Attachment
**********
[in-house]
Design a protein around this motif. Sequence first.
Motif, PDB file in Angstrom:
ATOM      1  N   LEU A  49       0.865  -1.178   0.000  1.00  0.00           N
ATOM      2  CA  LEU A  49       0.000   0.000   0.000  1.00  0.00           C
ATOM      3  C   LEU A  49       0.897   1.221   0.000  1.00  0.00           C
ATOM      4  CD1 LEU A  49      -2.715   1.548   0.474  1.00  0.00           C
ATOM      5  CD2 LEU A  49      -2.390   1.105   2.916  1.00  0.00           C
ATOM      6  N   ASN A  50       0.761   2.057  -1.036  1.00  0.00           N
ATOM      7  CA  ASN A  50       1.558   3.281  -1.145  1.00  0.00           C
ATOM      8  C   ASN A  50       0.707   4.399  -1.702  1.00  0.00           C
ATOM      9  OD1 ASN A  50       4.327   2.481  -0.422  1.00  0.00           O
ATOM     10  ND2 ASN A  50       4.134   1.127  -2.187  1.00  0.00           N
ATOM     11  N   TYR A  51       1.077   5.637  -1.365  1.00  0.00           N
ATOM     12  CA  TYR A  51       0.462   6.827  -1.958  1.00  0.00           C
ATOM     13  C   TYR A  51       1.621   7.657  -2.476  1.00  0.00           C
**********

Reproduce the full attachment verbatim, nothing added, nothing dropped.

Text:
[in-house]
Design a protein around this motif. Sequence first.
Motif, PDB file in Angstrom:
ATOM      1  N   LEU A  49       0.865  -1.178   0.000  1.00  0.00           N
ATOM      2  CA  LEU A  49       0.000   0.000   0.000  1.00  0.00           C
ATOM      3  C   LEU A  49       0.897   1.221   0.000  1.00  0.00           C
ATOM      4  CD1 LEU A  49      -2.715   1.548   0.474  1.00  0.00           C
ATOM      5  CD2 LEU A  49      -2.390   1.105   2.916  1.00  0.00           C
ATOM      6  N   ASN A  50       0.761   2.057  -1.036  1.00  0.00           N
ATOM      7  CA  ASN A  50       1.558   3.281  -1.145  1.00  0.00           C
ATOM      8  C   ASN A  50       0.707   4.399  -1.702  1.00  0.00           C
ATOM      9  OD1 ASN A  50       4.327   2.481  -0.422  1.00  0.00           O
ATOM     10  ND2 ASN A  50       4.134   1.127  -2.187  1.00  0.00           N
ATOM     11  N   TYR A  51       1.077   5.637  -1.365  1.00  0.00           N
ATOM     12  CA  TYR A  51       0.462   6.827  -1.958  1.00  0.00           C
ATOM     13  C   TYR A  51       1.621   7.657  -2.476  1.00  0.00           C